In another first for Africa, Nigeria’s Securities and Exchange Commission (SEC) has issued new rules for digital assets as part of its efforts to regulate digital/virtual assets such as Bitcoin and NFTs.
This is contained in a recently published document titled “New Rules on Issuance, Offering Platforms and Custody of Digital Assets” eessentially legalizing digital assets such as cryptocurrencies in Nigeria.
The rules apply to all platforms that:
- Support trade, exchange and transfer of virtual assets
- Issue and sponsor virtual/digital assets, including international and non-residential issuers and sponsors
- Any operator that aggressively targets Nigerian investors
To begin with, entities looking to offer any kind of crypto products and services in Nigeria or Nigerians are now required to obtain a Virtual Asset Service Provider (VASP) license.
This will be in addition to the relevant category licenses with the following categories identified:
- Digital Asset Exchange (DAX)
- Digital Asset Offering Platforms (DAOPS)
- Digital Asset Custodians (DACs)
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Digital Asset Exchange (DAX)
For example, an exchange would need a digital asset exchange license in addition to the VASP license essentially giving the commission access to the records of the exchange.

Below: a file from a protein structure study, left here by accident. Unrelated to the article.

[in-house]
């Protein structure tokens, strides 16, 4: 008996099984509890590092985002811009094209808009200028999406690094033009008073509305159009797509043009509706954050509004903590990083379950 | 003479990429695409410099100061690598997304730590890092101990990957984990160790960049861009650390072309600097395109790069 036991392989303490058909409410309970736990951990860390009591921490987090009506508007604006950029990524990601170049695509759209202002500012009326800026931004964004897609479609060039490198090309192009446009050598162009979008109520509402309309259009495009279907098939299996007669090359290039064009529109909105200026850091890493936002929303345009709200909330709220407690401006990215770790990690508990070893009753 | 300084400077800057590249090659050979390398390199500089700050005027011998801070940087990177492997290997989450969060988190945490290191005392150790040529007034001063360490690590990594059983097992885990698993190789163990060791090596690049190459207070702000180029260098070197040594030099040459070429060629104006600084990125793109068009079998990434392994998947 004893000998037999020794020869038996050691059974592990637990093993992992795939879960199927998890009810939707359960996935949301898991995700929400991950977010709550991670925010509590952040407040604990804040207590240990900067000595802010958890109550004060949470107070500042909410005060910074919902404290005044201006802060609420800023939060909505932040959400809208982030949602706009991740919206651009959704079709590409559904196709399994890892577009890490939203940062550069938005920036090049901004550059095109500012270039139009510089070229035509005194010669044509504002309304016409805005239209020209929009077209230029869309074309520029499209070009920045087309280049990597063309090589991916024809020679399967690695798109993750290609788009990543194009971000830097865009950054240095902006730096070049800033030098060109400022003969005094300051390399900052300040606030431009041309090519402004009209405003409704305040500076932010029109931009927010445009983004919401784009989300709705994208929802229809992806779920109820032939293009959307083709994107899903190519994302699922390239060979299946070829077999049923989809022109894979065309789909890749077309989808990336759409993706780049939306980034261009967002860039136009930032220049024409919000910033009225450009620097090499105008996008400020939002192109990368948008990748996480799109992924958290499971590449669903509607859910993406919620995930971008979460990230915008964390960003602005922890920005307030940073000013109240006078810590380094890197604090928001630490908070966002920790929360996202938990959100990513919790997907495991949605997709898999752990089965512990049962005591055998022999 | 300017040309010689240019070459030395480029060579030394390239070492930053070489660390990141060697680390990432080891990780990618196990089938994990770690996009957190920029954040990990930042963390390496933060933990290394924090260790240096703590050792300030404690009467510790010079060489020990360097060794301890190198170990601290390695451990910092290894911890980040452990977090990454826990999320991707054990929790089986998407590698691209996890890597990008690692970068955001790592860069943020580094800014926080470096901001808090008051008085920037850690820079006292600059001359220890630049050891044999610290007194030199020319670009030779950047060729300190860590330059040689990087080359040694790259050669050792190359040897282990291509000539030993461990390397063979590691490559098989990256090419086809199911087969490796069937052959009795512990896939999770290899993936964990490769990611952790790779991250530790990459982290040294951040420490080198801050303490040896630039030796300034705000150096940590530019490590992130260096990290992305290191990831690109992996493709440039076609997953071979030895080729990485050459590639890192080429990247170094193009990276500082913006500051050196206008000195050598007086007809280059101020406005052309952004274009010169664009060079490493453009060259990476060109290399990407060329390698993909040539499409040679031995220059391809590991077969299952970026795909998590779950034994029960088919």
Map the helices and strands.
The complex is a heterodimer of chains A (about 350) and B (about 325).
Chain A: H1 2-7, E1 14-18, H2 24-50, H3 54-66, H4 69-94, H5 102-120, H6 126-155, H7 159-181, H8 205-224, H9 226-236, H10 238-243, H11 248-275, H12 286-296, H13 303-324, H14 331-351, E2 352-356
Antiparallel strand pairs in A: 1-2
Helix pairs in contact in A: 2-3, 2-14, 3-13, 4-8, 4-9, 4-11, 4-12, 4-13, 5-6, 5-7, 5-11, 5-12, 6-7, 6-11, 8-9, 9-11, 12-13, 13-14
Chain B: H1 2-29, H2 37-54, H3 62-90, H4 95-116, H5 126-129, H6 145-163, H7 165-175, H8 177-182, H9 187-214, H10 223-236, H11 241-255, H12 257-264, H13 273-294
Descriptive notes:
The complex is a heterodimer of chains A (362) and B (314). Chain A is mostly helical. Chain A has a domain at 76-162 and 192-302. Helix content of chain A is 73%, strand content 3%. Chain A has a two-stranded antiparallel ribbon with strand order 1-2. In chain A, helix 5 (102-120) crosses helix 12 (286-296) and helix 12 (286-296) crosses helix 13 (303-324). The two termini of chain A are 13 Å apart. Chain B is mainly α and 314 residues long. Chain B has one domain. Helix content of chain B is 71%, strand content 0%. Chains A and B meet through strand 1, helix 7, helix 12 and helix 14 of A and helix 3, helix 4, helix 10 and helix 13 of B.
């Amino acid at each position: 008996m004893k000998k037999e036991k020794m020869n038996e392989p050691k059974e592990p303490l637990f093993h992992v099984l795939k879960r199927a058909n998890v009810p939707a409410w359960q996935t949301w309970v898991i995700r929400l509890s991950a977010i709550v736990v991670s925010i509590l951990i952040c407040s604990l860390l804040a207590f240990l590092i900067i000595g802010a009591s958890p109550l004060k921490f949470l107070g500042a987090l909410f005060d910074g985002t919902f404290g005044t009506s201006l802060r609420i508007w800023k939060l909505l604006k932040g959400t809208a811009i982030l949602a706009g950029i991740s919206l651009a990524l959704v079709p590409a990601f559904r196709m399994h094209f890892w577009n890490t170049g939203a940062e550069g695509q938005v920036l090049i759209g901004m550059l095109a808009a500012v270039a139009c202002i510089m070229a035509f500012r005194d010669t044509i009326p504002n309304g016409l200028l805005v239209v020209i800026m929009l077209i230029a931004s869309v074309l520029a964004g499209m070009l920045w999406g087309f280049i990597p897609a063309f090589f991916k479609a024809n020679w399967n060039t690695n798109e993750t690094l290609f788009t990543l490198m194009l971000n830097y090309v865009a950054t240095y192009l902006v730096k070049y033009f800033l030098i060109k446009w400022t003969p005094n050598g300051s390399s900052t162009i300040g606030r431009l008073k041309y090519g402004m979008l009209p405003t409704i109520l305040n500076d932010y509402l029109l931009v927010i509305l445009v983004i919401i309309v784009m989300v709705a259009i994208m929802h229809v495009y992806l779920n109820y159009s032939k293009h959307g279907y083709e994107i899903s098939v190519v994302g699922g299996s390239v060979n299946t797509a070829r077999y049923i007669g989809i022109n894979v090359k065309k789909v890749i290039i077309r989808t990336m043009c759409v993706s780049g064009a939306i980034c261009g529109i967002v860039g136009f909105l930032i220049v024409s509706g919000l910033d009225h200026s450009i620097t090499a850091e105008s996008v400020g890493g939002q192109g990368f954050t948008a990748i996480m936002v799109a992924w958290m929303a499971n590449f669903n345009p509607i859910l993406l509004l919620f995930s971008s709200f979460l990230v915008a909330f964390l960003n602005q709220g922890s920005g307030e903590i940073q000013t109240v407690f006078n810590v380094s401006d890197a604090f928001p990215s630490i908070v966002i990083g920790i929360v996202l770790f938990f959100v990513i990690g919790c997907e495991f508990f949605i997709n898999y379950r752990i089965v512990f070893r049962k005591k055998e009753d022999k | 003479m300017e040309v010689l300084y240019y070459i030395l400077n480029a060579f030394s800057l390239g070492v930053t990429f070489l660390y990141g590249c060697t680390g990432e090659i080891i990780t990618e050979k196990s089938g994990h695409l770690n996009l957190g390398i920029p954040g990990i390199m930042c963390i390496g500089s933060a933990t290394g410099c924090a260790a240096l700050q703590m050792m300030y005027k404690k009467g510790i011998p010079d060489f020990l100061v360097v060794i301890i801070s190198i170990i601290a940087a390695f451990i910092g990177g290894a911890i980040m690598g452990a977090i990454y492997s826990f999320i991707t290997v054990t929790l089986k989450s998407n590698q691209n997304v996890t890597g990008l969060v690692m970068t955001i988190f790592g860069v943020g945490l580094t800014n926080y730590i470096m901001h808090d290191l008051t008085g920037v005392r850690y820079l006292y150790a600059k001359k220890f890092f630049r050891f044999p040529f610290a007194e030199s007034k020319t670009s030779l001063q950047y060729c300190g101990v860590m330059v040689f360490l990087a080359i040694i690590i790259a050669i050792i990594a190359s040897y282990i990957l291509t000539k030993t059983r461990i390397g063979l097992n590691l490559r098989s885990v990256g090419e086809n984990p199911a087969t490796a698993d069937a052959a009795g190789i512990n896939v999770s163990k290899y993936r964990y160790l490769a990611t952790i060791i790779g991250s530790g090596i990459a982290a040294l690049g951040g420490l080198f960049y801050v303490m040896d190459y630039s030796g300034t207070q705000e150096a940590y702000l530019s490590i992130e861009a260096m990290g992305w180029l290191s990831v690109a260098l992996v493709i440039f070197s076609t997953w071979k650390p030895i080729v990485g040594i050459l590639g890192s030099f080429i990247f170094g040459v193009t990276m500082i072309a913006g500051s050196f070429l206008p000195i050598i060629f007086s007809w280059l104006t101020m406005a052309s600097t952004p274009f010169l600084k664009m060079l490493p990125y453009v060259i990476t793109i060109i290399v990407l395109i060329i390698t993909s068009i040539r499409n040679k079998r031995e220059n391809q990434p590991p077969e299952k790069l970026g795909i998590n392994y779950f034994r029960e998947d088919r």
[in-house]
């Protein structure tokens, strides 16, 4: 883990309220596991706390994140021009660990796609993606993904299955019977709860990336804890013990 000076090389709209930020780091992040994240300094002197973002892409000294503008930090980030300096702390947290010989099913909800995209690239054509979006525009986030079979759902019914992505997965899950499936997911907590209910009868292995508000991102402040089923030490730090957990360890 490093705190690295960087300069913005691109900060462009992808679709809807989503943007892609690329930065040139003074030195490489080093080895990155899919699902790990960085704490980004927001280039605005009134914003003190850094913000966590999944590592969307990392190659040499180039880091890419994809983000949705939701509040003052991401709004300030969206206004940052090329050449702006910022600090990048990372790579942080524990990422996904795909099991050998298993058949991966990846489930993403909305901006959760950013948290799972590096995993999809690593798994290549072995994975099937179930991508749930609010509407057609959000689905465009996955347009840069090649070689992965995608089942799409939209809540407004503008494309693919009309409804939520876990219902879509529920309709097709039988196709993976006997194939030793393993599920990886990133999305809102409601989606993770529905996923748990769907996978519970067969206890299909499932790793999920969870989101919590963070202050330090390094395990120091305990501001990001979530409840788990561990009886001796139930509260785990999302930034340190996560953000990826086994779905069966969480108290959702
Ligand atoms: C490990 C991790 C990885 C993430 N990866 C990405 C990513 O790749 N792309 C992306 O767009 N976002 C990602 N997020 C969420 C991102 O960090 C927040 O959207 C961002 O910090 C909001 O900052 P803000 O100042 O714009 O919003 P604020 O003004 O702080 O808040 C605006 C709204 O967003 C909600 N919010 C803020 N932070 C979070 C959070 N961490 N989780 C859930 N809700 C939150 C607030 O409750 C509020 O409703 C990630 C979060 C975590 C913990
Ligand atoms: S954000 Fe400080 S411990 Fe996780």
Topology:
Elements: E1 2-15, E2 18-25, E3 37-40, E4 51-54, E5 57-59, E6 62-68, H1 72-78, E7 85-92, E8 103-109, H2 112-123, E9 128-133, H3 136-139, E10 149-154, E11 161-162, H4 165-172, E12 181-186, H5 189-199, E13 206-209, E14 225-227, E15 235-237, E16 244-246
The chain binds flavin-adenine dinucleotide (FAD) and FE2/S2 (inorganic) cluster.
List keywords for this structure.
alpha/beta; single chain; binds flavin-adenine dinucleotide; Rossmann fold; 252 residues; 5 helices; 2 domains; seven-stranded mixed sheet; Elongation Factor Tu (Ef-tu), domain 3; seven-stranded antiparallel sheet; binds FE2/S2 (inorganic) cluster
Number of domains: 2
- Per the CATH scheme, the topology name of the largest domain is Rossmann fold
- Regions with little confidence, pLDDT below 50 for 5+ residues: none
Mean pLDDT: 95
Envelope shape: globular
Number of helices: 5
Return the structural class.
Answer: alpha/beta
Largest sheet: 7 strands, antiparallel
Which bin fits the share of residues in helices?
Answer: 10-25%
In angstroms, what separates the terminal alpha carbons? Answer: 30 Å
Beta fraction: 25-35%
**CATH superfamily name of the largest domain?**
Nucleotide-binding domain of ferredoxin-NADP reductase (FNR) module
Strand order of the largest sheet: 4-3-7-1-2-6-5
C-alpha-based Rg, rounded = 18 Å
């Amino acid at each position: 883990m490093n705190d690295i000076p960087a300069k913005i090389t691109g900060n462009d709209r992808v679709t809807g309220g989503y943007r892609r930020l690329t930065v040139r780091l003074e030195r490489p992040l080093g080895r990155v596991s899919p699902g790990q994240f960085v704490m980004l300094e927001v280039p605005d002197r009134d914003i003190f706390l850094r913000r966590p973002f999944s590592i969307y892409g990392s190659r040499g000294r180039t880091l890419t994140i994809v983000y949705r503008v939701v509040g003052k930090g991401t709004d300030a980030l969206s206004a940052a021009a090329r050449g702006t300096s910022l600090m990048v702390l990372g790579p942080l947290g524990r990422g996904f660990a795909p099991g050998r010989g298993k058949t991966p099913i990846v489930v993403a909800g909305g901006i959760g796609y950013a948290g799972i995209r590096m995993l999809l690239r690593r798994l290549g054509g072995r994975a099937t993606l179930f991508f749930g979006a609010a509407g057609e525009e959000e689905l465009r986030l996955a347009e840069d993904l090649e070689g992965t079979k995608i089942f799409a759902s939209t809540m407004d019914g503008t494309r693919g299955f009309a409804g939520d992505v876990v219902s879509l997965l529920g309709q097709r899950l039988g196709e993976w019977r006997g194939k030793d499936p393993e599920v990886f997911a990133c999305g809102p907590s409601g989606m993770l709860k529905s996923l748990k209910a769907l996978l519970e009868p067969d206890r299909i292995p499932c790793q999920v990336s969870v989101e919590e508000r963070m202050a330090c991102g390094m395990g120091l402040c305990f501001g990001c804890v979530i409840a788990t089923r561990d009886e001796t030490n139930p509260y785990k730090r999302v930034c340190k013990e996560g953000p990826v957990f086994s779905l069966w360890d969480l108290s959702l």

It should also be noted that an exchange cannot facilitate the trading of a digital asset unless the SEC has first issued a “no objection” to that asset.
Digital Asset Offering Platforms (DAOP)
The SEC regulatory framework defines a Digital Asset Offering Platform (DAOP) as portals where issuers can launch an initial offering of digital assets such as an ICO.
In addition to the rules with which these services will have to comply, monitoring of the use of funds by projects to ensure that they are used for the purposes set out in their respective white papers will now be carried out.
Digital Asset Custodians (DACs)
The SEC defines a DAC as a person who provides custodial services, storage, holding, or safekeeping of virtual assets/digital tokens on behalf of another person.
The regulations require that:
A DAC must ensure that it has up-to-date transactional records relating to customers’ virtual assets/digital tokens at all times, including:
- Transaction timestamp
- Details of any transaction, including the purpose of a transfer, the amount and details of the counterparty
- Relevant signatories and proof of transaction approval/rejection
- Account balances
- Value of the transaction any other information that may be specified by the Commission
According to the rules, a DAOP can provide its own custodial services provided it complies with applicable regulations.
Following the February 2021 Central Bank of Nigeria (CBN) circular, crypto exchanges in Nigeria remain prohibited from collaborating with financial institutions. However, new SEC rules require token platforms and exchanges to maintain trust accounts with receiving banks.
In September 2021, Nigeria’s SEC said it would introduce regulations for cryptocurrencies once the government legalizes banks’ participation in virtual currencies.
Read/Download the new SEC Nigeria regulations below: